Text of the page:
I was looking at the road ahead and reflecting on months of physical therapy at home after months in rehab. I was thinking about caregiving and reflecting on Peapod (home delivery of food)! I was thinking about nurses and phlebotomists who go into homes.
I was trying to describe all she had accomplished (learning to walk, albeit slowly, again, learning to get up and down from a chair, albeit slowly, again, coming home, albeit with difficulty) but keenly aware that life, for all of us, was very different, now.
Today, like most days now, I stop by to check on her caregivers, therapies, and medications.
Today, like most days now, she had a distant look in her eyes, as if her mind had drifted elsewhere. Today, like most days now, she was quiet, engaging less in conversations.
Today, like most days now, it doesn't matter if the Yankees win or lose.
Today, like most days, my monologue garnered only smiles.
"I don't think I'll ever be like I was before I fell," she noted sadly, not looking at me, but off into the distance. "It's all fuzzy now," she said, "I'm fuzzy all the time! I just can't figure it out. It's like I'm not all here. I don't finish the crosswords. I can't stay awake. Maybe they took a part of my brain out when they fixed my hip?" she chuckled.
We both laughed. I was grateful that her wit and the ability to deliver a powerful one-liner returned, even if only for a moment. I finished doing pills. I picked up the Peabpod, Medco and Drugstore.com orders. I assured the caregivers I'd be back and reminded them to call if they needed me.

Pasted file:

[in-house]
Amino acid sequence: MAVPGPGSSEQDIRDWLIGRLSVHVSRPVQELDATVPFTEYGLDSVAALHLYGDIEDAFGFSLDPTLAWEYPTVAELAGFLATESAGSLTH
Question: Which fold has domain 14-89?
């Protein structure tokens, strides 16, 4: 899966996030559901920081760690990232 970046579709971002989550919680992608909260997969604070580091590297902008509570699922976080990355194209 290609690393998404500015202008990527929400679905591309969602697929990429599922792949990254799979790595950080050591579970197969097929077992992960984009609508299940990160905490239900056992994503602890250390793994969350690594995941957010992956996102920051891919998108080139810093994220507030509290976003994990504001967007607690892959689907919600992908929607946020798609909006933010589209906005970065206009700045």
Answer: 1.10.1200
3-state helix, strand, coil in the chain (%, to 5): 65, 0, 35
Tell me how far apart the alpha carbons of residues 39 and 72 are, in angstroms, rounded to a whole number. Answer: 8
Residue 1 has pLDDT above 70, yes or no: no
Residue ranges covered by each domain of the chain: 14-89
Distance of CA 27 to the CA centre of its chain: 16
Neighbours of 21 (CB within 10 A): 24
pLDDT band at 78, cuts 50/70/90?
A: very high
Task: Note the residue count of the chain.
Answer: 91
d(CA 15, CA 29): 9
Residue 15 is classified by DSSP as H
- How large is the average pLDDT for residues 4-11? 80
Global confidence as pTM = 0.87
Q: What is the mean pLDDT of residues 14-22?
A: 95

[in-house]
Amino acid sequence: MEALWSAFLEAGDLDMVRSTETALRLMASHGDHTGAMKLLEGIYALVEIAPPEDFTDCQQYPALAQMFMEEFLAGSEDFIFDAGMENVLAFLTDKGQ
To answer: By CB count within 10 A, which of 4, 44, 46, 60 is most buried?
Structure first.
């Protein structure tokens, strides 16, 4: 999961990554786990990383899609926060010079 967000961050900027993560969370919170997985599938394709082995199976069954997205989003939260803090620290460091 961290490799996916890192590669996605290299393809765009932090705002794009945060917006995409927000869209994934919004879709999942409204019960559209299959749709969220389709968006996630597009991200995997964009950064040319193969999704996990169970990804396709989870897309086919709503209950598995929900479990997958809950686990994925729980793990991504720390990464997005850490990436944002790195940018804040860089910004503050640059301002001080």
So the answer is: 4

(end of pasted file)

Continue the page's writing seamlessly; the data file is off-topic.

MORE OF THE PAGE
"I'm fuzzy," she said after a long silence, "but I'm fortunate."
I wondered if she felt fortunate because she was home, in her familiar surroundings or if she felt fortunate that I was managing her bills, now. I wondered if she felt fortunate because she had caregivers who cared. Yet, I knew enough not to ask right then as she stared at the blank TV screen, the empty stare of someone who was indeed fuzzy, once again.
I knew that I was fortunate, too. As I implored lots of CCD students (in their Confirmation classes) to do, I was using my own "gifts" to help others. That afternoon, as the sun set, in the moments before her bedtime and my trip home for dinner, we had a moment when the fuzziness receded and good fortune prevailed.